The summer heat will often spawn some mean rain storms by the afternoon hours, so it’s always good to be prepared for that as well!
For the longest time I held the idea that a rain coat was a rain coat. But nowadays I know there are rain coats that are more comfortable to wear than others. Up until recently, I had just been using an inexpensive Columbia rain coat that someone gave me. It got the job done; it blocked the rain, but it couldn’t stop the sweat. I’d get so clammy inside the thing that I’d be almost as wet as if I hadn’t been wearing it at all.
I’ve just recently replaced it with the Torrentshell rain coat by Patagonia. It’s lightweight, packable, and breathable. It has double overlapping flaps over the zipper to help keep the rain out. It also has zippers in the arm pits to increase breathability. The hood has an elastic headband piece to help keep it in place, and can be adjusted to fit so that when your head turns, the hood does not block your view. The long sleeves of the jacket also help when casting as they don’t ride up on your arms.
There are other brands out there with similar jackets, however; Patagonia has won me over with that one!
Bug Spray and Sun-screen
I find the best way to avoid the sun is covering up, and the best way to avoid the bugs is to cover up using bug away clothing. But sometimes it’s not enough and you need extra protection. For years, my bug spray of choice was OFF Deep Woods. Hey, it gets the job done, and well, but with 25% deet it’s not good for you, your gear, your clothing, and can actually keep the fish away as well!
I’ve now started using this lemon-eucalyptus spray by Repel. All I can say is that it works, and doesn’t smell bad.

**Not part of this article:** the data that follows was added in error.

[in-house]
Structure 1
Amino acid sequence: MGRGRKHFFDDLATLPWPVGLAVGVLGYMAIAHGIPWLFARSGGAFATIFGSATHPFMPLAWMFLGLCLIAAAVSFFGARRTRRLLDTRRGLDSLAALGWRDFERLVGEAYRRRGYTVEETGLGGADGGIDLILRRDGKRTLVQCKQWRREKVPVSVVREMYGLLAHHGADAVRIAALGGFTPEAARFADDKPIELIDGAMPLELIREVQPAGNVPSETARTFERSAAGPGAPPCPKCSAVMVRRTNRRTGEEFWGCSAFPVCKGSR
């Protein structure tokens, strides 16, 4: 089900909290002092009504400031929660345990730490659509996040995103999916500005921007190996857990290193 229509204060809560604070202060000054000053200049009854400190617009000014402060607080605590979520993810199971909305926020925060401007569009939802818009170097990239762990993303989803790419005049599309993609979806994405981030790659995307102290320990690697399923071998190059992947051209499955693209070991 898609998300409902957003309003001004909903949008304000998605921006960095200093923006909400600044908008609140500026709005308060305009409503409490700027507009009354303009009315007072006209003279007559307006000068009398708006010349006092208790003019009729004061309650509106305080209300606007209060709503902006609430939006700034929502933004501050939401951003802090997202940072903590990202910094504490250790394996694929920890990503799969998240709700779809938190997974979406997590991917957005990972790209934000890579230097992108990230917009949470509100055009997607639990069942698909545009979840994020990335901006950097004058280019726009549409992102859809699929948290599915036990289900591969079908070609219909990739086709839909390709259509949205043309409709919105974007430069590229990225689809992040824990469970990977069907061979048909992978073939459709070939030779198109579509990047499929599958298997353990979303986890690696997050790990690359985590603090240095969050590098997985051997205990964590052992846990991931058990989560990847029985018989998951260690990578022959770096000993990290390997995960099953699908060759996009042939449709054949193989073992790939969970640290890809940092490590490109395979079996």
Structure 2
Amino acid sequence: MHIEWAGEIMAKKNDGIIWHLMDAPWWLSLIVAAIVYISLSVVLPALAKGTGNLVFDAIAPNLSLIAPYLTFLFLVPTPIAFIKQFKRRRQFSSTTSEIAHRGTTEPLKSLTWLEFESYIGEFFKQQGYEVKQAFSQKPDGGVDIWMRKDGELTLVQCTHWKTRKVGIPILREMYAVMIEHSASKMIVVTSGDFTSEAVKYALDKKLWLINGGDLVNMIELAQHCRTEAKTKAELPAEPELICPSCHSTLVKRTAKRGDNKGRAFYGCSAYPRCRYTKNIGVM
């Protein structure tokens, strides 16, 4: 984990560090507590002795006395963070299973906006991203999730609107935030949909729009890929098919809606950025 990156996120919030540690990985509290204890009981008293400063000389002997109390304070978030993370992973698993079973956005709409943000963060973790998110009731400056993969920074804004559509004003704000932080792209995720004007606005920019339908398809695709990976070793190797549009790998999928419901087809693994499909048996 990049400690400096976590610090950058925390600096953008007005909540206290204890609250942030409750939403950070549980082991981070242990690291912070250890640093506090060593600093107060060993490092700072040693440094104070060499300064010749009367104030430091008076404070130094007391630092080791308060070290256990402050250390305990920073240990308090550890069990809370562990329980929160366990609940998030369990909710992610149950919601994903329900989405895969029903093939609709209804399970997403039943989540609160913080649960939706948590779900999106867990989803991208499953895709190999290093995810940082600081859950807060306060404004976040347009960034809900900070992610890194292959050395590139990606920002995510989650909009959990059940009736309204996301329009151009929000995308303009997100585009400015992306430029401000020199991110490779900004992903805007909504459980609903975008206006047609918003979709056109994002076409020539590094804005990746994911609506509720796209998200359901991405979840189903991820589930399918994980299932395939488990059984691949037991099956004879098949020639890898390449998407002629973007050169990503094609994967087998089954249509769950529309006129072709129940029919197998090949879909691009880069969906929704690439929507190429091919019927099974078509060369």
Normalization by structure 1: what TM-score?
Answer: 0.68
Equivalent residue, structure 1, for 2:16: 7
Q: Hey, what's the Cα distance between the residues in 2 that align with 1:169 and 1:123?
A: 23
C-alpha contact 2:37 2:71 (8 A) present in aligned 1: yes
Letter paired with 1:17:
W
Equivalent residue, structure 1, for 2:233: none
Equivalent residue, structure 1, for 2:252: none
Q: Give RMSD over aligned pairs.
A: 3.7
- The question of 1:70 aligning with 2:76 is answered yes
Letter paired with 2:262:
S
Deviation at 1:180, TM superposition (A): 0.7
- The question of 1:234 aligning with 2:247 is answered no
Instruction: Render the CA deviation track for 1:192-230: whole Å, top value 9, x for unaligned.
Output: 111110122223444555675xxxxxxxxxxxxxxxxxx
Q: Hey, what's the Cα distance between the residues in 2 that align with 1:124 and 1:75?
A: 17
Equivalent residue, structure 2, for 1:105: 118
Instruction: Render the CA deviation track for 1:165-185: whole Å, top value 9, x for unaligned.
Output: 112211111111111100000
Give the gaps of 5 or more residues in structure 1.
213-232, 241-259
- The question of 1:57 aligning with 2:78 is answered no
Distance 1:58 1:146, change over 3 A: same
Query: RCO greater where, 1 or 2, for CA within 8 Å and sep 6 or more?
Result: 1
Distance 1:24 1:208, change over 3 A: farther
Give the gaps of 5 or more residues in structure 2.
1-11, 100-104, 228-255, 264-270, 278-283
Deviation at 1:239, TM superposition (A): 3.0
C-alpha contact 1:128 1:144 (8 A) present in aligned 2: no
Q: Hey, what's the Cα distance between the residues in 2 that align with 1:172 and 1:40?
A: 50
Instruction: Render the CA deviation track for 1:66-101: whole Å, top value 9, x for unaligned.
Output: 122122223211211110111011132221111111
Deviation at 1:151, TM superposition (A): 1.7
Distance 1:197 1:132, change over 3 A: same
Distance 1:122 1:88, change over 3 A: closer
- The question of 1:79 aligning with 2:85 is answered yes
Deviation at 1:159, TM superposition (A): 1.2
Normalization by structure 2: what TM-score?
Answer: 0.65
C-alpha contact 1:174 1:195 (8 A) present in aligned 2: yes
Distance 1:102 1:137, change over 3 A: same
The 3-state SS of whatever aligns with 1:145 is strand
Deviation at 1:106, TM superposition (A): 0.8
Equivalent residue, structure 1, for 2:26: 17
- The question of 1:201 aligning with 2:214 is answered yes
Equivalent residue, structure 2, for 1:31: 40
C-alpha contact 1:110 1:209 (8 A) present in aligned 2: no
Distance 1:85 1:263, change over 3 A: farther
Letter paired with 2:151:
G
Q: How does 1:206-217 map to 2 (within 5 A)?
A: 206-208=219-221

Also, if your significant other likes the works of Victoria’s Secret, believe it or not, their Amber Romance perfume is used by many kayak anglers as a bug repellent! I haven’t used it yet but have heard from many guys that it does indeed work!
When it comes to sunscreen, when I’m covered correctly, the only place that needs it sometimes are my hands & feet. I like SPF 30 or higher. I don’t have uber-sensitive skin, so SPF 30 is fine for me, but if you have sensitive skin, definitely go with something greater! I’ve used Banana Boat sunscreen for years and it seems to stay on when wet. A brand I haven’t used yet but will try out soon is Aloe Gator. Rated SPF 40+ and also claiming to stay on when wet, I’ll be testing it out soon.
So yeah, this is one area where I sometimes have a problem. I get the “fish-brains” when I’m preparing for the trip and when I’m out on the water. I often am so obsessed making sure I have everything tackle-wise, that I completely forget to pack fluids. I’m often saved by a stop at the gas station and a yellow Gatorade, but nothing truly can replace good ole H2O. I’ve gotten some good use out of my Nalgene bottle that Jackson provided me with when we bought the Cruise 12, however Nalgene bottles don’t stay cold very long when they’re not in an ice chest. Hydroflask is an alternative I’ve started using. If you fill it with coffee, it keeps it hot and if you fill it with ice water, it stays cold. Awesome thermos!
So this has been a little bit of a longer post, but I figured it wouldn’t hurt to have it up. I hope that it helps someone out there out! Whether you take these tips or not, the important thing is to stay safe. Stay hydrated, and keep some kind of sun protection on.